The Brave Fight Back: a picture story
40 images, 68 pages, transparent/red cover, laser printed on archival, acid-free paper, saddle stitched & signed!
Designed, printed & assembled by yours truly.
In late 2014 I photographed a protest that wound through the streets of downtown Atlanta. It was in response to the death of Michael Brown in Ferguson, Missouri. An eighteen-year-old African American young man who died at the hands of police. A grand jury had chosen not to indict officer Darren Wilson on murder charges and people were so angry and fed up that they took the street to be heard.
It had started two years earlier in 2012 with the controversial murder of Trayvon Martin – a young boy who was murdered by a violent and overeager neighborhood watch volunteer. The killer, George Zimmerman, was protected by Florida’s controversial “Stand Your Ground” law that originally was passed with the intention of protecting citizens who felt their life was in danger and had no recourse other than to take the offensive.
It was the choking death of Eric Garner who died helpless and subdued by an offensive line’s worth of police officers for selling untaxed cigarettes and more recently, it was the deaths of Philando Castile and Alton Sterling that continue to fuel the fervor of activists. Over the past few years it felt as if you could literally feel the racial climate in America shifting. Slowly at first, it didn’t happen all at once, but with each death the temperature increased.
Once the facts around the Michael Brown case came out it was obvious that “Hands Up, Don’t Shoot” was a false narrative. It had been superficially perpetuated by the media as well as in part by the outspoken, and I believe, pure intentioned activists. Even though it was false, it stuck. It stuck so well that groups like Black Lives Matter began to chant it at their events. For good or bad, it took on a life of its own and seemingly became a mantra for the downtrodden and disenfranchised across our great nation.
After photographing the “mob” that night I began paying closer attention to all of these events happening near me. I started seeing the perspective of others unlike I had before. I began focusing my photographic efforts on subjects that would allow me to share my own view of politics and society in the South. I began photographing more Black Lives Matter events, campaign rallies, parades and Gay Pride events. During the 2016 Primary Presidential Election I took pictures at Bernie Sanders, Ted Cruz, Hillary Clinton, Donald Trump and even an anti-Islam rallies.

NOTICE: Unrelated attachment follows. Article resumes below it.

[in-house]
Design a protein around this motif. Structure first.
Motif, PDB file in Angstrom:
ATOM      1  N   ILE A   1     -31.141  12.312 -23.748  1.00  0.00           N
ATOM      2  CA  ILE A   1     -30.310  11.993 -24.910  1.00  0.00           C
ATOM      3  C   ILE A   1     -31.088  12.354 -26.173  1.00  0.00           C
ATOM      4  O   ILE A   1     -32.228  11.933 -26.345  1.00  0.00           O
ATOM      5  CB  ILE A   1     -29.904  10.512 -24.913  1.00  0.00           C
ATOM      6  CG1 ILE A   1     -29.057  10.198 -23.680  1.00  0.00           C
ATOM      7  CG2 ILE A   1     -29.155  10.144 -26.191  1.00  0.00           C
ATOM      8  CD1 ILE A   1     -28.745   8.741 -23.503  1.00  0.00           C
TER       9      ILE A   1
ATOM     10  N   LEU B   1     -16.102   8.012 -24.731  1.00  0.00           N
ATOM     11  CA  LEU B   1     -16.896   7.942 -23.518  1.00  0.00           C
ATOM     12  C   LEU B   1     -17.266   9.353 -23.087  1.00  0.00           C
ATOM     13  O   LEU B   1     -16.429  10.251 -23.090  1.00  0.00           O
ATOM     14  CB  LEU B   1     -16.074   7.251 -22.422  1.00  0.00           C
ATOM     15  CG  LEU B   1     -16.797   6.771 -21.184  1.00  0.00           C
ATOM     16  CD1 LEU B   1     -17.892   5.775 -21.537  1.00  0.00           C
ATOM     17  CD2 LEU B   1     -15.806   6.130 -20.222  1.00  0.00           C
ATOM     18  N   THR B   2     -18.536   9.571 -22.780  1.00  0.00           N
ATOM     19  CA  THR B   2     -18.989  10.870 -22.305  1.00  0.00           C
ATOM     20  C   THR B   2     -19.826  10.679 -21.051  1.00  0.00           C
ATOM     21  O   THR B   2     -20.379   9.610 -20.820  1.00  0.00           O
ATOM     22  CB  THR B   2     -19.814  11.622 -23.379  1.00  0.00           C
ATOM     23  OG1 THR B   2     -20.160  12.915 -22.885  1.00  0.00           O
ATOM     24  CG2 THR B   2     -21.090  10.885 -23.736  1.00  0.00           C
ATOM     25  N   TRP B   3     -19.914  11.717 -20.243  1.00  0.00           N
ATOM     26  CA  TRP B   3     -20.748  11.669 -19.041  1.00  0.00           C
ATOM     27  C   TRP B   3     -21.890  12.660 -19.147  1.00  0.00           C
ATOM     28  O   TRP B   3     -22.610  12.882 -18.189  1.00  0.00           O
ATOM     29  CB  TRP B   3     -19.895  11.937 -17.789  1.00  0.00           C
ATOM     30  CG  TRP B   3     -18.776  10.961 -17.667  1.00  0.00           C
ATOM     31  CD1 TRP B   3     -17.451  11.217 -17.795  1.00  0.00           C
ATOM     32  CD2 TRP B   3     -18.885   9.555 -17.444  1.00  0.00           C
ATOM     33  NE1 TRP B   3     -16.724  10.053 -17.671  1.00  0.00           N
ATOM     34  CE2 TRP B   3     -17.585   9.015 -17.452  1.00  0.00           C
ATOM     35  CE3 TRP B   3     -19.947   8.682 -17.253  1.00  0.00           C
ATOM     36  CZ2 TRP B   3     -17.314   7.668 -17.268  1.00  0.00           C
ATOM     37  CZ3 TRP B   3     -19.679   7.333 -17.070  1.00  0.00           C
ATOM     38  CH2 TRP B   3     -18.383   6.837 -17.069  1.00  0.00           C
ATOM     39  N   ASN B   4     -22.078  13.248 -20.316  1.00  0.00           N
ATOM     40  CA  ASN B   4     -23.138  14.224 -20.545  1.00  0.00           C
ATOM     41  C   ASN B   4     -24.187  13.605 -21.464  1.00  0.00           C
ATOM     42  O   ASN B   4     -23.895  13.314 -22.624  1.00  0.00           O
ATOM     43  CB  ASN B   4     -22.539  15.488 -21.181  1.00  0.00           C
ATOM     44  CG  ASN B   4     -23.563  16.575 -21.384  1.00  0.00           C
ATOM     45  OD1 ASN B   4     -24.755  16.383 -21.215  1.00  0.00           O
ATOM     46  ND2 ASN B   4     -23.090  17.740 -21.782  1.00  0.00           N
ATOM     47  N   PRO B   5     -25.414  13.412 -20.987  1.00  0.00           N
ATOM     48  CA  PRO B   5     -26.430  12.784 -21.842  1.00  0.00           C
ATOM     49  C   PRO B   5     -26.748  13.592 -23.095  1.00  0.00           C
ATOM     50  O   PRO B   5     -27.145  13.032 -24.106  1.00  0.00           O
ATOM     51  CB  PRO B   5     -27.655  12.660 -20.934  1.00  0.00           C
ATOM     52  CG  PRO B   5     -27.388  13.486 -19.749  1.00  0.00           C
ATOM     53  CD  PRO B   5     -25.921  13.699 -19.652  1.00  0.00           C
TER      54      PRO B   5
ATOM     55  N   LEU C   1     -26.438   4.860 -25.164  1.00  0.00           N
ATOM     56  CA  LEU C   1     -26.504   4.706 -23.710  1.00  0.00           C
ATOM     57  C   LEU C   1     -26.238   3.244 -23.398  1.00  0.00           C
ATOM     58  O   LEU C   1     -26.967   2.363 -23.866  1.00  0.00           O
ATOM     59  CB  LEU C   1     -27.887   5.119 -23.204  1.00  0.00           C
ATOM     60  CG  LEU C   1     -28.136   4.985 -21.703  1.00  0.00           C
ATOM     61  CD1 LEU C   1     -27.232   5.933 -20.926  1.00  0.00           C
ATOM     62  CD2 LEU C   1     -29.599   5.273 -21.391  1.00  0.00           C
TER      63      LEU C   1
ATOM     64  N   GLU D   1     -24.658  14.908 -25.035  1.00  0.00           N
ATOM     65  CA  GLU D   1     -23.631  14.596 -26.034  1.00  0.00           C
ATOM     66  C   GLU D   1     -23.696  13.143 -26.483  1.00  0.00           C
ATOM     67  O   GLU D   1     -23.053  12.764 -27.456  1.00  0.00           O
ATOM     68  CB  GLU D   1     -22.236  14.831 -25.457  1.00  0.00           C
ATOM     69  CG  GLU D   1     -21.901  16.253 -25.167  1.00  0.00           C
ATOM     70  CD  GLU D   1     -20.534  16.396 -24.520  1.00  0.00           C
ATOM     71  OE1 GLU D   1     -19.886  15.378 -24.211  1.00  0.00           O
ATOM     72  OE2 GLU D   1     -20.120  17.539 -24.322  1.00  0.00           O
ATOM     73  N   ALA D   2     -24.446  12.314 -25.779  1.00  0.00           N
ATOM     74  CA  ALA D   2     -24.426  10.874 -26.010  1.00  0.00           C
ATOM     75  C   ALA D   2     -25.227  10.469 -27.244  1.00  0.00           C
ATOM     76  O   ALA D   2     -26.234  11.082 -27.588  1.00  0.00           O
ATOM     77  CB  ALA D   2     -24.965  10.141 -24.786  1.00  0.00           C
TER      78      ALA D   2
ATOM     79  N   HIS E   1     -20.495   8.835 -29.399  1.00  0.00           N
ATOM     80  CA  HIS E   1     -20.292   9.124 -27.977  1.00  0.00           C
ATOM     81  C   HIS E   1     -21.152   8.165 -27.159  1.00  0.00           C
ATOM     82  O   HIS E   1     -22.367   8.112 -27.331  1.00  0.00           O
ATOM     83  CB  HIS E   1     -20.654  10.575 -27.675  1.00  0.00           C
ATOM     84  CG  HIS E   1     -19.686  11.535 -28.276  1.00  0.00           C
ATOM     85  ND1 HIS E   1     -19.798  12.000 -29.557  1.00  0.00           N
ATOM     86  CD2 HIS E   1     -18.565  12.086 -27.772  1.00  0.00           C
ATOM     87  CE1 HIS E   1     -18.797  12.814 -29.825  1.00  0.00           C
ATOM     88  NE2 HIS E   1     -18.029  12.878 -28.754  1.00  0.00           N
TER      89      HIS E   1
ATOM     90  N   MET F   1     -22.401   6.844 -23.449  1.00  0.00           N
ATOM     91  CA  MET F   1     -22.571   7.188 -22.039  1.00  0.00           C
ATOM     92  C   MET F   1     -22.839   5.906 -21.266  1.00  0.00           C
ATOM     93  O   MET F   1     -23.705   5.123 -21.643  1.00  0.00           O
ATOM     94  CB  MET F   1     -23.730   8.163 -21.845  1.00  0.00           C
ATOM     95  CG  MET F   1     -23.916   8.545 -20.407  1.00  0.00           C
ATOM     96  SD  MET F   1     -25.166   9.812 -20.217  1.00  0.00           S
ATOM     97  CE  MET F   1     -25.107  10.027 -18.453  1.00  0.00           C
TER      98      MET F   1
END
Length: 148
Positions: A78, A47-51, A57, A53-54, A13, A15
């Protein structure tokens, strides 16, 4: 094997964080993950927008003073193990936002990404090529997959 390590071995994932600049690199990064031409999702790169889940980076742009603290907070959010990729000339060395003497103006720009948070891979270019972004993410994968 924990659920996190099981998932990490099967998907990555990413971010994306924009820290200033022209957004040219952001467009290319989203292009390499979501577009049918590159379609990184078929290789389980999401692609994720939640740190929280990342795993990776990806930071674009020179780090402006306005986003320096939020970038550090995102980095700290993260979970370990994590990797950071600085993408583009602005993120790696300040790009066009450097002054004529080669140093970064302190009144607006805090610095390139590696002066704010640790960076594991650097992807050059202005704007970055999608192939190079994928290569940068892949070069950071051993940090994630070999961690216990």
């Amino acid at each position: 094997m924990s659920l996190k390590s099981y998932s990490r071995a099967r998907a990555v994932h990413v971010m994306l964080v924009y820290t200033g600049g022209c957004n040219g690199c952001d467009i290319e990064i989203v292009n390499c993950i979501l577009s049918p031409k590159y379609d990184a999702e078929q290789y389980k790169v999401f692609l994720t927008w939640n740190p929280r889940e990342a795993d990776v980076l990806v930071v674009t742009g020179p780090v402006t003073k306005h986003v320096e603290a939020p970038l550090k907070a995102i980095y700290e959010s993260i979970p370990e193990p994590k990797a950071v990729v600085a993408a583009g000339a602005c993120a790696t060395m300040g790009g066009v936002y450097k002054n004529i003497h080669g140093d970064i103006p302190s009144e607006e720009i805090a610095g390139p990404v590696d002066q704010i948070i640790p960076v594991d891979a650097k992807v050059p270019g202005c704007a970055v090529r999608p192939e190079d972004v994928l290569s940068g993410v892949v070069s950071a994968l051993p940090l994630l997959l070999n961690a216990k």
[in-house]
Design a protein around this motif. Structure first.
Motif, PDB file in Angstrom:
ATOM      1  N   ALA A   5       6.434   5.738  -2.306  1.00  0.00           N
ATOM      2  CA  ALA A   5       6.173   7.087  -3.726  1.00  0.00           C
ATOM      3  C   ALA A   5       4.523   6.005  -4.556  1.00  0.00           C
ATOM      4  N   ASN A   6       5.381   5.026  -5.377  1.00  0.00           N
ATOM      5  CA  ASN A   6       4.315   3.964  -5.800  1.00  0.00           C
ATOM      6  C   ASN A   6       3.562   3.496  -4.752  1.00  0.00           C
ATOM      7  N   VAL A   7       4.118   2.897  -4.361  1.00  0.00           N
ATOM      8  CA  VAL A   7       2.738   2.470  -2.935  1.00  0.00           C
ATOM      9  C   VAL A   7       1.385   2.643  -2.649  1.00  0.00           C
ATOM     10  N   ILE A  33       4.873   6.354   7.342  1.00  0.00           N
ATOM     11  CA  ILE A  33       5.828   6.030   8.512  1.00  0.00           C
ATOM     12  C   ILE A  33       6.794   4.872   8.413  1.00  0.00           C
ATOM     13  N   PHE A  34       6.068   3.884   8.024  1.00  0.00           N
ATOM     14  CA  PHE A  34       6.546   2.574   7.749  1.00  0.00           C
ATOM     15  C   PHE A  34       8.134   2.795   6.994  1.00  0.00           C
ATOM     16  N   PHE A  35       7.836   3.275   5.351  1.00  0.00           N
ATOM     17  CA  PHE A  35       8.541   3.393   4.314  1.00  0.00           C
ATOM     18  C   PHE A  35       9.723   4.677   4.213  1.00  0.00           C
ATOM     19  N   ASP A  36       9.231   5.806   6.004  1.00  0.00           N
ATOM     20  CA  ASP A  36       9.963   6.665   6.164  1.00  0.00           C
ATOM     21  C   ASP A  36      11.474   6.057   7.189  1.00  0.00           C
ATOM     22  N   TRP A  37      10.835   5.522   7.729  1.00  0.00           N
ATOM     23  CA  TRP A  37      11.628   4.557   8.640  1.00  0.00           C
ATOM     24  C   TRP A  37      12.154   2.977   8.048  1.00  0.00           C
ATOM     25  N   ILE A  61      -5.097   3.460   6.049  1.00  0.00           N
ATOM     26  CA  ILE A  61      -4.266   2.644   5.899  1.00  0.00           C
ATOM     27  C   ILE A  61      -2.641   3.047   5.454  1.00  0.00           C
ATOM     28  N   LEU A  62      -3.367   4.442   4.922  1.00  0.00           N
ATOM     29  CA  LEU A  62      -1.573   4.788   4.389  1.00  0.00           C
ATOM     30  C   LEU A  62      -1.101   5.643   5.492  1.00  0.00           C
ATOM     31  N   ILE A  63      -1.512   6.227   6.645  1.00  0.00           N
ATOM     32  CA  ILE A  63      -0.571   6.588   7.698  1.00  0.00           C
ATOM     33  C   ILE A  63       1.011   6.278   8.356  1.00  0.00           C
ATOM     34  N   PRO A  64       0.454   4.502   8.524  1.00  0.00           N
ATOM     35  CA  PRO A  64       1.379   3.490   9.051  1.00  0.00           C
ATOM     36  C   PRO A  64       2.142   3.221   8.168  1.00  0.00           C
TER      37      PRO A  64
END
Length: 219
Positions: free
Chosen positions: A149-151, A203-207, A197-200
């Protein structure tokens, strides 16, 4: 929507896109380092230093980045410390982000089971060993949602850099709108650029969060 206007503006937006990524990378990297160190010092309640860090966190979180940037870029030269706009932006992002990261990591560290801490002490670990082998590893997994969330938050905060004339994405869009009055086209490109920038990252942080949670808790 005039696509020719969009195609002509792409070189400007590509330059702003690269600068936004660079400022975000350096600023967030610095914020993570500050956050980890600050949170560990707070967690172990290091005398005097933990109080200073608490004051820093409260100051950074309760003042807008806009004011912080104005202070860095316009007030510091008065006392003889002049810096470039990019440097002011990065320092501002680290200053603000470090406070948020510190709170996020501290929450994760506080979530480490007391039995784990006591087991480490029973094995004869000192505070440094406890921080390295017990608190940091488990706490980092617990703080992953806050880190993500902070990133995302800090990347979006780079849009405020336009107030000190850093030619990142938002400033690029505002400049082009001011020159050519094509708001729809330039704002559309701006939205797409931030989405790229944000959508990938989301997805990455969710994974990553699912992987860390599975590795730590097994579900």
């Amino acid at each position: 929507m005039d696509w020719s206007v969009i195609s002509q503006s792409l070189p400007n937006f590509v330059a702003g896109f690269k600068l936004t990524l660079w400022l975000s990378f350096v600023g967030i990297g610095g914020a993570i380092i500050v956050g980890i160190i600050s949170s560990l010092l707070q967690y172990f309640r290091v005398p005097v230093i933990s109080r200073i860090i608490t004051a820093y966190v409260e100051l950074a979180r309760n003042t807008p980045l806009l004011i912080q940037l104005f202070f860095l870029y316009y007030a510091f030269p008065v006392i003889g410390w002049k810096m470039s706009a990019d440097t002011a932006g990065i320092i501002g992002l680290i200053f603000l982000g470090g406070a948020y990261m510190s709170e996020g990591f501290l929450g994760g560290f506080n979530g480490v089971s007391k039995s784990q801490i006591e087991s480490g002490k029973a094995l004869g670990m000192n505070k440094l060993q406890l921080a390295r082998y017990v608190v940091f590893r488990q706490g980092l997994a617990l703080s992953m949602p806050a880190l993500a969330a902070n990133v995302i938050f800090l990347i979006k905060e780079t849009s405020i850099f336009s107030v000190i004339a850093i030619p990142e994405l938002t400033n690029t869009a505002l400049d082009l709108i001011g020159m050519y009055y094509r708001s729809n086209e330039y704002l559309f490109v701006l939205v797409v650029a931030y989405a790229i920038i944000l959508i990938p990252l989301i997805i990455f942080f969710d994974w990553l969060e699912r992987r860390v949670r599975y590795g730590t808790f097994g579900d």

But it was the nomination of Donald Trump that motivated me more than anything else. His unabashedly brash and crude approach that was also adopted by many of his supporters had sucked me in. Whenever he was in Atlanta I was there to take pictures. Pictures of him, his followers, his protestors, the opportunistic vendors selling t-shirts, hats and pins – literally anything Trump related I could find.
I was even kicked out of two different Trump rallies for taking pictures. I attended the rallies just like any other supporter in the audience, except my camera was bigger and I’m not exactly a tiny man. I easily attracted the attention of his security and event detail who refused to allow me to take pictures. As a truly undecided voter at the time, this turned me off tremendously.
Unlike the other candidates, Trump would corral the media into a large gated area, almost like a pig pen in order to keep track of them and shape the story he wanted them to tell. Since I didn’t fit the mold of a traditional supporter or media, I would go in and shoot with a very direct and aggressive approach anticipating that I would get the boot shortly anyway.
“The Brave Fight Back” is my personal account and represents my view of the racial discord and political consequences our nation has been experiencing recently. It’s not meant to be literal in every sense though – some pictures are fun and whimsical, some ugly and miserable at times and a few representing all those simultaneously.